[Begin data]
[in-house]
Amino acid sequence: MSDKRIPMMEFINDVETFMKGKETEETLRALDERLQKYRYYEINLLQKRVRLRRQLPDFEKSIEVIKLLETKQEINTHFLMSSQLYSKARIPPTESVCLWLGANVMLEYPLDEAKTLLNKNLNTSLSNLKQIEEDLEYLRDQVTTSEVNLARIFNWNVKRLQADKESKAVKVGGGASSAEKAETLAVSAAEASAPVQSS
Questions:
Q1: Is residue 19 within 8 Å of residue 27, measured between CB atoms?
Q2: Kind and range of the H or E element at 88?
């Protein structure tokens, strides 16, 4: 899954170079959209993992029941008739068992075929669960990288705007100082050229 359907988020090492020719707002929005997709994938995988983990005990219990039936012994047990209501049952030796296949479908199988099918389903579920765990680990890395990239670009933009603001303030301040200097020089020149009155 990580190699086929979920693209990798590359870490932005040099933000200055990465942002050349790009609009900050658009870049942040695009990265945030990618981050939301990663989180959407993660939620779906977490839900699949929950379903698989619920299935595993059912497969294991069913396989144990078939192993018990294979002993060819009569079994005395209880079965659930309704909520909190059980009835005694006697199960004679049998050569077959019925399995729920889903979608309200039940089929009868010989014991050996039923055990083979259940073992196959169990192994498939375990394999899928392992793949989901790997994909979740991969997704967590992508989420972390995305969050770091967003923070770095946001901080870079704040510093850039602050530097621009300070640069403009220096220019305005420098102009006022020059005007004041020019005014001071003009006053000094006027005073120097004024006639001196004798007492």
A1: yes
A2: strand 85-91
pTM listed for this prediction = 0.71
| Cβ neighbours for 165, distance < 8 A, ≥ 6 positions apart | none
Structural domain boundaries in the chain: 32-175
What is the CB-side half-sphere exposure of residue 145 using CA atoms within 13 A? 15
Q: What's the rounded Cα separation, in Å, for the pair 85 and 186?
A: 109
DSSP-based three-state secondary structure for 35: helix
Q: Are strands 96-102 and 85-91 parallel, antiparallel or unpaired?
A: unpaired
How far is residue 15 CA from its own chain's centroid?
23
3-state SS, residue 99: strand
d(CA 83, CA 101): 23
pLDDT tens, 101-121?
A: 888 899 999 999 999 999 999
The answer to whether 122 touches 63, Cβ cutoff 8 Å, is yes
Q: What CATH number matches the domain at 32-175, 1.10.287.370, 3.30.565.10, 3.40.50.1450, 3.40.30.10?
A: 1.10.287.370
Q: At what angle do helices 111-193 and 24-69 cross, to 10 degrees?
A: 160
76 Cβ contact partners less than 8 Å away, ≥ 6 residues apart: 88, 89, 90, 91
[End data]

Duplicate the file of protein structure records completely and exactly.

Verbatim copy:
[in-house]
Amino acid sequence: MSDKRIPMMEFINDVETFMKGKETEETLRALDERLQKYRYYEINLLQKRVRLRRQLPDFEKSIEVIKLLETKQEINTHFLMSSQLYSKARIPPTESVCLWLGANVMLEYPLDEAKTLLNKNLNTSLSNLKQIEEDLEYLRDQVTTSEVNLARIFNWNVKRLQADKESKAVKVGGGASSAEKAETLAVSAAEASAPVQSS
Questions:
Q1: Is residue 19 within 8 Å of residue 27, measured between CB atoms?
Q2: Kind and range of the H or E element at 88?
């Protein structure tokens, strides 16, 4: 899954170079959209993992029941008739068992075929669960990288705007100082050229 359907988020090492020719707002929005997709994938995988983990005990219990039936012994047990209501049952030796296949479908199988099918389903579920765990680990890395990239670009933009603001303030301040200097020089020149009155 990580190699086929979920693209990798590359870490932005040099933000200055990465942002050349790009609009900050658009870049942040695009990265945030990618981050939301990663989180959407993660939620779906977490839900699949929950379903698989619920299935595993059912497969294991069913396989144990078939192993018990294979002993060819009569079994005395209880079965659930309704909520909190059980009835005694006697199960004679049998050569077959019925399995729920889903979608309200039940089929009868010989014991050996039923055990083979259940073992196959169990192994498939375990394999899928392992793949989901790997994909979740991969997704967590992508989420972390995305969050770091967003923070770095946001901080870079704040510093850039602050530097621009300070640069403009220096220019305005420098102009006022020059005007004041020019005014001071003009006053000094006027005073120097004024006639001196004798007492």
A1: yes
A2: strand 85-91
pTM listed for this prediction = 0.71
| Cβ neighbours for 165, distance < 8 A, ≥ 6 positions apart | none
Structural domain boundaries in the chain: 32-175
What is the CB-side half-sphere exposure of residue 145 using CA atoms within 13 A? 15
Q: What's the rounded Cα separation, in Å, for the pair 85 and 186?
A: 109
DSSP-based three-state secondary structure for 35: helix
Q: Are strands 96-102 and 85-91 parallel, antiparallel or unpaired?
A: unpaired
How far is residue 15 CA from its own chain's centroid?
23
3-state SS, residue 99: strand
d(CA 83, CA 101): 23
pLDDT tens, 101-121?
A: 888 899 999 999 999 999 999
The answer to whether 122 touches 63, Cβ cutoff 8 Å, is yes
Q: What CATH number matches the domain at 32-175, 1.10.287.370, 3.30.565.10, 3.40.50.1450, 3.40.30.10?
A: 1.10.287.370
Q: At what angle do helices 111-193 and 24-69 cross, to 10 degrees?
A: 160
76 Cβ contact partners less than 8 Å away, ≥ 6 residues apart: 88, 89, 90, 91